|Ethics in Crime and Justice: Dilemmas and Decisions
By Joycelyn M. Pollock.
2004. Belmont, CA: Thomson Wadsworth Publishing.
ISBN: 0-53456-349-X $45.95
Joycelyn Pollock's newest edition of Ethics in Crime and Justice
is directed more specifically toward potential criminal justice practitioners
than toward criminology programs. However, it does a nice job of bridging
the gap between a guide for pure practitioners and a book for criminologists.
Additionally, the revisions she has made from earlier editions should
prove helpful for students and instructors of ethics courses.
Pollock relies heavily on scenarios to encourage readers to think critically.
The situations help students to not only understand the difficult ethical
situations that criminal justice professionals face, but also the potential
consequences for their decisions. The scenario-based approach is also
beneficial for class discussion on the issues.
The newest edition has been reorganized from earlier editions in terms
of its chapter layout. The fourth edition has fourteen chapters which
is beneficial for scheduling a semester long course. The transition between
chapters is quite smooth, and the material flows well. However, smooth
evolution of subjects can create a bit of a challenge for instructors
looking for clear subject sections containing a few chapters. Nevertheless,
this is not a challenge that instructors cannot overcome.
The first two chapters introduce the reader to the basic information necessary
for the study of ethics. The initial chapter introduces the reader to
the terminology and concepts necessary for a study of ethics. Pollock
does a good job of using criminal justice examples to illustrate the application
of the concepts discussed. Yet, she also is able to keep the discussion
philosophical enough to avoid becoming a lesson in just police ethics.
The second chapter covers essential material for the study of ethics.
It discusses the basic elements of the main ethical schools of thought.
While most of the attention is reserved to deontology and teleology, a
number of other schools of thought are covered including a thought provoking
section on religious ethics. This chapter covers the appropriate information
for an undergraduate college course on criminal justice ethics. It is
possible to cover more ethical schools of thought, but not necessary.
Readers are given enough information to consider the ethical approaches
throughout the remainder of the book. This chapter feeds the readers'
comprehension of the philosophical underpinnings of ethical study while
provoking their curiosity toward a more applied understanding, which comes
in later chapters.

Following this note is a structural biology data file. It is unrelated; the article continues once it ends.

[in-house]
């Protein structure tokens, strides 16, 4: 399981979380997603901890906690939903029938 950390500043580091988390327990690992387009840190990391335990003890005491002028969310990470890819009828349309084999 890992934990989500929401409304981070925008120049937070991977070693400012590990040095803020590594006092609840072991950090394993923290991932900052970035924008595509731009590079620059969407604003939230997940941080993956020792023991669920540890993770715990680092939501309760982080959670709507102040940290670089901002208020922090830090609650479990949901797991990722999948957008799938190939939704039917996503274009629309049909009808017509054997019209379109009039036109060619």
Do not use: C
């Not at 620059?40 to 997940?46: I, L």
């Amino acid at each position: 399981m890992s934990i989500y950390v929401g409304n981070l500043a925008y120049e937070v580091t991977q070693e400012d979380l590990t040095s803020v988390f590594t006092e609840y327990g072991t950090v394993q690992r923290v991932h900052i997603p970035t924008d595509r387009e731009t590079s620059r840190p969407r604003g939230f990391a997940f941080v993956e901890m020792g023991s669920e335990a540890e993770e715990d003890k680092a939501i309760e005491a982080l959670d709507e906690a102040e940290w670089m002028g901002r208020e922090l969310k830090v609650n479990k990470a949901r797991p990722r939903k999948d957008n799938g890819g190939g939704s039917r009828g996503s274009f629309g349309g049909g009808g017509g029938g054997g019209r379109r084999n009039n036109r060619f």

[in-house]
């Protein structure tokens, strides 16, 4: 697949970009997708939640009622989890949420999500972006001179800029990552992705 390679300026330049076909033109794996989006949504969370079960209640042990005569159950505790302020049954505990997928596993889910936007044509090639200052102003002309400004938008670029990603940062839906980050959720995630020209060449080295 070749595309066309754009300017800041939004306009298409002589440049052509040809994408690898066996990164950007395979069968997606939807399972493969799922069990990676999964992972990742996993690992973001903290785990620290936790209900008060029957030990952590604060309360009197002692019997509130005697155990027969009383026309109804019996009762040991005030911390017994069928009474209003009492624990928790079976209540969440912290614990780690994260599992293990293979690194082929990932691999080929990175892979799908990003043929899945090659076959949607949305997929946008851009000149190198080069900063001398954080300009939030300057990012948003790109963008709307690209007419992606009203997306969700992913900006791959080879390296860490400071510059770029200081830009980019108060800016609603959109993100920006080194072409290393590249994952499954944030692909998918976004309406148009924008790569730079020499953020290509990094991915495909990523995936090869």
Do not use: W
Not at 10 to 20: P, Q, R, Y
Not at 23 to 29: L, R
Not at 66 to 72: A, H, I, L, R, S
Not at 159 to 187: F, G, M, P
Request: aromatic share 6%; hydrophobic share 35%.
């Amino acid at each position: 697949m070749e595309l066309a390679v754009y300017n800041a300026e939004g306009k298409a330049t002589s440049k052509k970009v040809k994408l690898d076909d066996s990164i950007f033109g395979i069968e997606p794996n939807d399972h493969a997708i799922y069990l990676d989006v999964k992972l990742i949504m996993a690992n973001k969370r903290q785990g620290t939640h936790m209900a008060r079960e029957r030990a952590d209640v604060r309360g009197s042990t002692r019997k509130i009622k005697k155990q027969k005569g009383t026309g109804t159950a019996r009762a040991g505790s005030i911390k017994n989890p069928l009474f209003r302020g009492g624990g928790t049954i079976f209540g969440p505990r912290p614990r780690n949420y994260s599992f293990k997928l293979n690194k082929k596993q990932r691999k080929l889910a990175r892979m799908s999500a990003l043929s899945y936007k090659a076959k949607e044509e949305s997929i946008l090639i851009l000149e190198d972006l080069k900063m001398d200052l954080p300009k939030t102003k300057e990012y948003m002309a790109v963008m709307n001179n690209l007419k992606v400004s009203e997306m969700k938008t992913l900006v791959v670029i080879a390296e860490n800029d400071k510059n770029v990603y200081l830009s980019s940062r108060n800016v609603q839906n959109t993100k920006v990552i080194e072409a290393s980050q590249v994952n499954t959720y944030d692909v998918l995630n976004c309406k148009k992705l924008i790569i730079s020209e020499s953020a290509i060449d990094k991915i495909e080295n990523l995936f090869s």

The development of moral character and behavior is the focus of the third
chapter. This covers Kohlberg's moral stages as well as learning theory.
Biological explanations are also discussed, though with less detail than
the developmental theories. This chapter applies these approaches to a
discussion of criminality. The remainder of the chapter is a bit awkward
as it covers subject matter ranging from teaching ethics to explaining
criminality. However, despite its dispersed subject matter, it is still
information that will benefit readers.
Chapter four turns the book's focus toward applying ethical thinking onto
justice considerations. In accordance with a liberal arts education, the
philosophical aspects of justice are introduced. While helpful, this section
could be expanded and details added. Other than that, this chapter explains
the different types of justice and provides thoughtful examples of them.
The legal applications of justice are discussed and provide a smooth transition
into paradigms of law.
The fifth chapter discusses the application of retributive justice and
the consequences of laws and policies. This chapter is mostly new material
that was not in the previous edition. The material in this chapter is
especially relevant to criminal justice students, because it applies the
philosophical and theoretical discussions of the first chapters to actual
practices of the criminal justice system. It is an excellent transition
chapter between abstract subject matter into practical, applied ethical
situations that criminal justice practitioners face.
Chapters 6, 7 and 8 focus on the various aspects of ethical situations
that law enforcement officials face. This is an expansion from the third
edition, which only had two chapters focusing on this subject. Included
are specific elements of the occupation, such as use of force and the
opportunities for corruption that result from undercover operations and
interrogations. This profound collection of chapters discusses the potential
drawbacks of allowing police such leeway in using discretion, but also